This is the fifth in a series of entries that Alfred Romann will post from India in the coming weeks.
China is on the lips of just about every Indian with money to invest. And the setiments are less than flattering.
The way in which a decline in the Shanghai Stock Exchange last week contributed to falls around the world is a sign of the interdependence of the global financial markets as well as the emerging maturity of China’s bourses.
India didn’t escape the carnage and the drop was felt, deeply, in Delhi and Mumbai.
“Budget jitters, Chinese flu send Sensex plunging,” ran the headline on the front page of Thursday’s Hindustan Times. The story was the only one on the page not dominated by the country’s annual budget, which was presented a day earlier.
“Though markets did react negatively to the budget, you can put most of the blame of Tuesday’s crash on China, which triggered heavy foreign institutional investor outflows,” Deven Choksey, of KR Choksey Shares and Securities, was quoted as saying.
If nothing else, the global drop this week underscored the herd mentality that seems to dominate the markets.
Fund managers often look at the region as a whole and move in and out sometimes with little regard for the individual strengths or weaknesses of individual markets. On Wednesday in India, the Bombay Stock Exchange dropped 4.01% and the National Stock Exchange’s Nifty index lost 148.6 points to close at 3,745.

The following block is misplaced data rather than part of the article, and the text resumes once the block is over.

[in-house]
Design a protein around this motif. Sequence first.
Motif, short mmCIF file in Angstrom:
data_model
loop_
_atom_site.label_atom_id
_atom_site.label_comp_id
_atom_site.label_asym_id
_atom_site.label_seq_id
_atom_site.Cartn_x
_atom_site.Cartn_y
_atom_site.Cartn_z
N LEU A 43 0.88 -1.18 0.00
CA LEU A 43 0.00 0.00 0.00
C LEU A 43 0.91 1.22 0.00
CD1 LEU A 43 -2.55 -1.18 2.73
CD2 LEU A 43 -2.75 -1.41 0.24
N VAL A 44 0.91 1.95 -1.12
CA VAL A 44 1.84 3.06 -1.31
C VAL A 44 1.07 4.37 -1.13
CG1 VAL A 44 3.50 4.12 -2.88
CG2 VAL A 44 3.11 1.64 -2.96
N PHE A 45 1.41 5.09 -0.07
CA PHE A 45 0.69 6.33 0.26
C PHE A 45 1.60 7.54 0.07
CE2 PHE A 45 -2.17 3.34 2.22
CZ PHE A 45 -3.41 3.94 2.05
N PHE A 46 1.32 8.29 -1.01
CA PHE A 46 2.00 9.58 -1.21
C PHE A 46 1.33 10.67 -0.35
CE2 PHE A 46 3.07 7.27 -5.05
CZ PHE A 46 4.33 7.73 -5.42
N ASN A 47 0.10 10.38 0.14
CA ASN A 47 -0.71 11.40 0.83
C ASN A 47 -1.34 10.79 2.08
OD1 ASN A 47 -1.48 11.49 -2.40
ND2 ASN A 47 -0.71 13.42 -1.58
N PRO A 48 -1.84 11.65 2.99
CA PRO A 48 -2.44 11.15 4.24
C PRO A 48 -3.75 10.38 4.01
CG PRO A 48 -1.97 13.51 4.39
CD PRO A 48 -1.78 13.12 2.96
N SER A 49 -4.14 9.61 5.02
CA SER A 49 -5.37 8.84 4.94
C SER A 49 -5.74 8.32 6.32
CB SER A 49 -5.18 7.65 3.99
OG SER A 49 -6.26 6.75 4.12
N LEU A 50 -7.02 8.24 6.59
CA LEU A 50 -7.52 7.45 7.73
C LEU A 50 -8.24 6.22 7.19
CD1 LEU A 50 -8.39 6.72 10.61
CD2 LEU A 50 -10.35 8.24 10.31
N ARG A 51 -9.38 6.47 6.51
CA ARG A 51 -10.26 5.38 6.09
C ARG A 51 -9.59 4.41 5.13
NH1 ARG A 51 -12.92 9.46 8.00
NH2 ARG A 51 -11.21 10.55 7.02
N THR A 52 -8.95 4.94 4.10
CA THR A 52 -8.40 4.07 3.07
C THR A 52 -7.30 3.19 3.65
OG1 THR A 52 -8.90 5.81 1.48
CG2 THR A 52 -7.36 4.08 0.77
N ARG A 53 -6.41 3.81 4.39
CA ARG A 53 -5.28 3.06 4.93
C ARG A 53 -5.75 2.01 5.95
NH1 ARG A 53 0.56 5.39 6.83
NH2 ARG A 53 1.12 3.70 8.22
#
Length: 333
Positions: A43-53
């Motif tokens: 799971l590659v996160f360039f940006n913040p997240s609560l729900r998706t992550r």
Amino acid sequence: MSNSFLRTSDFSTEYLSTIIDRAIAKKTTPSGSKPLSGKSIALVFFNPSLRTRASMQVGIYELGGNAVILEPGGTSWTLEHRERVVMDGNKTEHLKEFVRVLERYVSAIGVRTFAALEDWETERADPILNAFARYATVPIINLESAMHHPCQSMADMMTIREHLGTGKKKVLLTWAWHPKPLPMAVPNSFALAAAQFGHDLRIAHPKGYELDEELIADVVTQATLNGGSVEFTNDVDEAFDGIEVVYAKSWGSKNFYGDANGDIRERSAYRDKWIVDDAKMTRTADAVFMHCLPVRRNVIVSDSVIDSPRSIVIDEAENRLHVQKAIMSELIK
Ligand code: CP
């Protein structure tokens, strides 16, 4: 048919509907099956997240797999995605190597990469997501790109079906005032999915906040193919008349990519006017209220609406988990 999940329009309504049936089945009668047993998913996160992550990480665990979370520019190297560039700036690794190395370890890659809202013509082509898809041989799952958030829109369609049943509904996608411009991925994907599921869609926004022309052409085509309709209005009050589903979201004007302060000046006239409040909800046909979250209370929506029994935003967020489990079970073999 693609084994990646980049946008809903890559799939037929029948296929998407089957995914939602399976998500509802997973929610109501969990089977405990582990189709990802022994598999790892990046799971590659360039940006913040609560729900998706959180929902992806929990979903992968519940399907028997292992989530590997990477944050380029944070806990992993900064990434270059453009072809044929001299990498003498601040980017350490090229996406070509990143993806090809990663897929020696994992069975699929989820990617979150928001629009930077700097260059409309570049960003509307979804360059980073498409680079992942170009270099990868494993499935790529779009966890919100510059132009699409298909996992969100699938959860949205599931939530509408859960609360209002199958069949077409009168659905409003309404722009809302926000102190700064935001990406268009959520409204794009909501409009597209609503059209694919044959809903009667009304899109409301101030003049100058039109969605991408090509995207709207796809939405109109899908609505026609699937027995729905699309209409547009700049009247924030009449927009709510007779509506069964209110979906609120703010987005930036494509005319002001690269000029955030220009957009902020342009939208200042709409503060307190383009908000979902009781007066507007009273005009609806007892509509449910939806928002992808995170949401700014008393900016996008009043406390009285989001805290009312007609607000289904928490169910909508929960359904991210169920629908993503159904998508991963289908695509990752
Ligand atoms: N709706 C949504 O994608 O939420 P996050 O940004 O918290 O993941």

Talk of China’s stock markets was actually a bit of a change of pace in India, though. The Indian on the street prefers to complain about floods of cheap Chinese goods while the big-business types look at the opportunities inherent in the growing relationship between the two countries.
There is no one to fault for the ups and downs of the market – at least no one that can be held to account. Nevertheless, the drop did little to endear China to the average Indian, who has little trust, or love, for the Asian neighbor.